To Yellowknife, with Love
My journey through the Canadian landscape has taken me to many large cities and rural communities over the past couple of years in preparation for touring exhibitions of my paintings inspired by Canada this year, coinciding with the Canada 150 celebrations. One year ago, on Canada Day 2016, I had the opportunity to celebrate in Canada’s North, on the edge of the Arctic Circle. I spent Canada Day week in Yellowknife on an epic journey in the land where the sun and the people never sleep.
I flew in over Great Slave Lake as the midnight sun chased us, throwing a gilded, glistening spotlight from rivers to lakes as we touched down. Global warming is having the most dramatic impact and causing visible shifts, say my hosts, who shared some pizza with me at a neighbourhood watering hole just a stroll down the gravel lane. That first night, I slept in an artist’s shack moved to Old Town in 1980 from nearby Jolliffe Island; it seemed fitting I would rest my head inside this tiny piece of Canadian history.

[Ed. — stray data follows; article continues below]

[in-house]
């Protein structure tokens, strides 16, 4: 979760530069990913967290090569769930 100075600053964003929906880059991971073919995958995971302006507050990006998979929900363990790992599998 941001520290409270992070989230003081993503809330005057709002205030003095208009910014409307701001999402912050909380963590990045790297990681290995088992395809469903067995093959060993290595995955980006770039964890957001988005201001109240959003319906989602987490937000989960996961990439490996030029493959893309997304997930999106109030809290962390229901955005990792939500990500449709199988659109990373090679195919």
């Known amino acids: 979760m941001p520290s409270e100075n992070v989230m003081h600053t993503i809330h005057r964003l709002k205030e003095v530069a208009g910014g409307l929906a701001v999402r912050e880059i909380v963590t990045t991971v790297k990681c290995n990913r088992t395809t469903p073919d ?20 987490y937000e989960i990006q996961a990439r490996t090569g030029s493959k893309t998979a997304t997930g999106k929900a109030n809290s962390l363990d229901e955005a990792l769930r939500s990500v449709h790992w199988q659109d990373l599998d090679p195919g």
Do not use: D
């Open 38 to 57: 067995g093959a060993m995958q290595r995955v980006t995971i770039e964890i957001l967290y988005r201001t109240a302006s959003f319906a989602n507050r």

Walking into downtown Yellowknife the following morning, I found myself at the Prince of Wales Northern Heritage Centre, named after the British prince himself. It is a thoughtful and impressive museum for its size, telling the story of the first peoples here, the Dene First Nations.